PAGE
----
In a broken and fearful world. the Spirit gives us courage to pray without ceasing, to witness among all peoples to Christ as Lord and Savior, to unmask idolatries in Church and culture, to hear the voices of peoples long silenced, and to work with others for justice, freedom, and peace. In gratitude to God, empowered by the Spirit, we strive to serve Christ in our daily tasks and to live holy and joyful lives, even as we watch for God’s new heaven and new earth, praying, “Come, Lord Jesus!” (From Brief Statement of Faith, PCUSA)
Those elegant words are a section from the PCUSA’s Brief Statement of Faith, written in 1983 when the two largest Presbyterian denominations at the time united. I had the privilege of studying that text with the late Dr. Jack Stotts who had served as President of two Presbyterian seminaries and was moderator of the committee formed to write that text. The phrase “To hear the voices of peoples long silenced,” held a particularly important place in his memory. As he began to recount the story, the voice of the then long retired, deeply esteemed theologian began to crack. The unexpected emotion startled us to full attention.
Dr. Stotts recounted a moment in the final stages of the committee’s work. A Native American representative, who had been silent throughout the long deliberative process, asked to speak. With firm, but quiet dignity he said, “The way you have conducted your work has silenced my voice.“ It was clearly a moment of deep personal regret in Dr. Stott’s telling. In other words, the very process, the pattern and cultural norms, the committee had used to do the work had defeated its intent: to be an inclusive statement of faith in a moment of unity. Unaware of the other, the dominant culture failed to hear that there were others present. That was the origin of the phrase in the completed text: in a fearful and broken world, the Spirit gives us courage to “hear the voices of peoples long silenced.”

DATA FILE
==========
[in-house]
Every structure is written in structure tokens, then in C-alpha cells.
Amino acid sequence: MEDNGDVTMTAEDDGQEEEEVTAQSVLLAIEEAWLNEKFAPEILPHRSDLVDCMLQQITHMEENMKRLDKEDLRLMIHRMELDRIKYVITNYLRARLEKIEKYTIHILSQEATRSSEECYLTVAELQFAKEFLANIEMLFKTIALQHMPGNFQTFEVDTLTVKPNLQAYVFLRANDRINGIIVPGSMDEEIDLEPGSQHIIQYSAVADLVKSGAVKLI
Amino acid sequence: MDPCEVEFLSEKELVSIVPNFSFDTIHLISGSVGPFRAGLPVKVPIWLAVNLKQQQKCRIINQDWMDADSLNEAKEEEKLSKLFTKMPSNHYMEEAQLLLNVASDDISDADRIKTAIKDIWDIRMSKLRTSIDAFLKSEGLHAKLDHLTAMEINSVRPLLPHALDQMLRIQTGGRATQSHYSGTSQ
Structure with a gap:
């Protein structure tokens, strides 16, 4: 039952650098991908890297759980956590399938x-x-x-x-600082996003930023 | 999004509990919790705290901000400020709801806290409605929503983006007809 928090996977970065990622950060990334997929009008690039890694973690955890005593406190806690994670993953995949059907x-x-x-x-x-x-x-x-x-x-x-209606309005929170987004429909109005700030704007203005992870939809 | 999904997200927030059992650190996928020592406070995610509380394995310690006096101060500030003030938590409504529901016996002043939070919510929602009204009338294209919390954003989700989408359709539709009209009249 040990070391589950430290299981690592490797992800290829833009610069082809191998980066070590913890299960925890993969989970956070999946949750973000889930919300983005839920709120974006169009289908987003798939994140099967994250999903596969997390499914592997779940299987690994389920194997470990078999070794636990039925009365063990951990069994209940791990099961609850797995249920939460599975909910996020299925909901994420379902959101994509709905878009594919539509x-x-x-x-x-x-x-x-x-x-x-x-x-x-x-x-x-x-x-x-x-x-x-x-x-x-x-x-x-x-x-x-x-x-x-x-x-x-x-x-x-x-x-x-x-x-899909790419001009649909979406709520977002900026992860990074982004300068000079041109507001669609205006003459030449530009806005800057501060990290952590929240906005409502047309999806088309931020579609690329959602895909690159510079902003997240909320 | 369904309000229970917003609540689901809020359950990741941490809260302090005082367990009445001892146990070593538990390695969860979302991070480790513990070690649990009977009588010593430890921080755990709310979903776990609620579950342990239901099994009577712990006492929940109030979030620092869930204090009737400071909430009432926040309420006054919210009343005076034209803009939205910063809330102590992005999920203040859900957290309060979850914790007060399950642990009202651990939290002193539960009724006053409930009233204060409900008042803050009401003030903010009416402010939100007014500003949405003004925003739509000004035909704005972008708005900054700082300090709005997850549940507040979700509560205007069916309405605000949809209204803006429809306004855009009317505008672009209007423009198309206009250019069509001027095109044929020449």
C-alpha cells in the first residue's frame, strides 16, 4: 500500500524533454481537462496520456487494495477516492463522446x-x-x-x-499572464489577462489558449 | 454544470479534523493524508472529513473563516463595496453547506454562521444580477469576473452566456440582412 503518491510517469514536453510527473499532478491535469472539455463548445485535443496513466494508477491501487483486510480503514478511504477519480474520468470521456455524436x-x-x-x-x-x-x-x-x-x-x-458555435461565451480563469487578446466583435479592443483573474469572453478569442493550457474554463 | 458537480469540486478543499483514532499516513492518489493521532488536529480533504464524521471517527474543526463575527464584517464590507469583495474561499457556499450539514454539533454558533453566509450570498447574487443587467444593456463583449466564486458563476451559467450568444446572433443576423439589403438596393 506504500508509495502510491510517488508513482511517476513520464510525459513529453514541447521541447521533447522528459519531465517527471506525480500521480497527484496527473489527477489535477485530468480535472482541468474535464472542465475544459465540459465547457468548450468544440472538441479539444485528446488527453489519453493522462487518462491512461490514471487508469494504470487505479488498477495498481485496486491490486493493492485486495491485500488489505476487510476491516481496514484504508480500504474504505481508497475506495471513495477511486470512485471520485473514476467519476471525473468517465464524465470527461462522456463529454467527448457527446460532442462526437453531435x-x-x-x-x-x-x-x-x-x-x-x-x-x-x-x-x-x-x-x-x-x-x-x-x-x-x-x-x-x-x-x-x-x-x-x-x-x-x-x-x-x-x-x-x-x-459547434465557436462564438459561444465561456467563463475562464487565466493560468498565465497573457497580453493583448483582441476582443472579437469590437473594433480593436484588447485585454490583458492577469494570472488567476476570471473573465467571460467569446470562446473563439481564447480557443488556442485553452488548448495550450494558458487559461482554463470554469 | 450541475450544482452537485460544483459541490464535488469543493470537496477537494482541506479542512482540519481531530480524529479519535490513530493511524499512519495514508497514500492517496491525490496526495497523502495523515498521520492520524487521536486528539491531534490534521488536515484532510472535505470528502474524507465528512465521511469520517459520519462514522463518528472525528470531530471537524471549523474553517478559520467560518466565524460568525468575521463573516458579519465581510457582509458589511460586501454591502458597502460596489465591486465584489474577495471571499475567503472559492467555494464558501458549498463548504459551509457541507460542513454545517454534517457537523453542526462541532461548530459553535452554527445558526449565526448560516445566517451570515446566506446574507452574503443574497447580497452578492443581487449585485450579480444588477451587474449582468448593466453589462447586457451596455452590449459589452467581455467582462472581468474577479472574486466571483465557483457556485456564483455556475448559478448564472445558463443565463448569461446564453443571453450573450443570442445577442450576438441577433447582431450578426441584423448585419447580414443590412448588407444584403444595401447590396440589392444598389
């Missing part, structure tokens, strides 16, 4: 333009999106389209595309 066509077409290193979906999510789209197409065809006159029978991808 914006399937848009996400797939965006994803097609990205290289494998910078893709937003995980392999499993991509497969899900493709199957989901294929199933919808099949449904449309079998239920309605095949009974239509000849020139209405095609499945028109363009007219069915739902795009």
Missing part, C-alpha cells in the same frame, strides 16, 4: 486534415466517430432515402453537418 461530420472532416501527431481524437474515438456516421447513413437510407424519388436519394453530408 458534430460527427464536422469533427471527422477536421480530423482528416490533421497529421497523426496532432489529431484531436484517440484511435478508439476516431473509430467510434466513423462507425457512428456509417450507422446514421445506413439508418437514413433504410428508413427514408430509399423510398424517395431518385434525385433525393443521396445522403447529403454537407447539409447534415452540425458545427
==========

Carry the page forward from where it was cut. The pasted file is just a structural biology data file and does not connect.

We have experienced a cultural moment, where black lives, marginalized by the dominant culture, have risen to speak. At the same time, I have also heard white Christians, who have had a passion for racial and social justice for decades lament the fact that in spite of so much felt work, a great deal has not changed. This is a large social/political question, of course, but this is also a United Methodist question. It is a personal question. Two years ago our Annual Conference celebrated a Queer Lives Matter, moment, if you will. I had the privilege of speaking. I was surprised, however, in that moment at other voices, black, Native American, LatinX, women, Asian and Pacific Island peoples, who also plead to be heard in our work toward equality. I should not have been surprised. That has given me pause these last months. There is so much left undone in spite of decades of work. Why? My guess, is that same issue exists within each and every church, and just perhaps, within each and every person.
I am convinced that there are underlying ways of working and thinking, that if left unexamined, will continue to silence the voices of people yet to be heard. My piece last week on binary thinking, comes from this line of questioning. Binary thinking easily silences a voice, simply because we disagree in part. We even dehumanize one another on the way to convincing ourselves we are right. It is a problem raging in our politics in the moment. However, I’m going to just leave the question with you today. What ways of thinking and working are present in our way of being that defeat the good we intend even in the midst of our doing of justice and kindness?
— Peace, Pastor Mark
Image: History of Los Angeles, detail of one section
Artist unidentified, early 21st century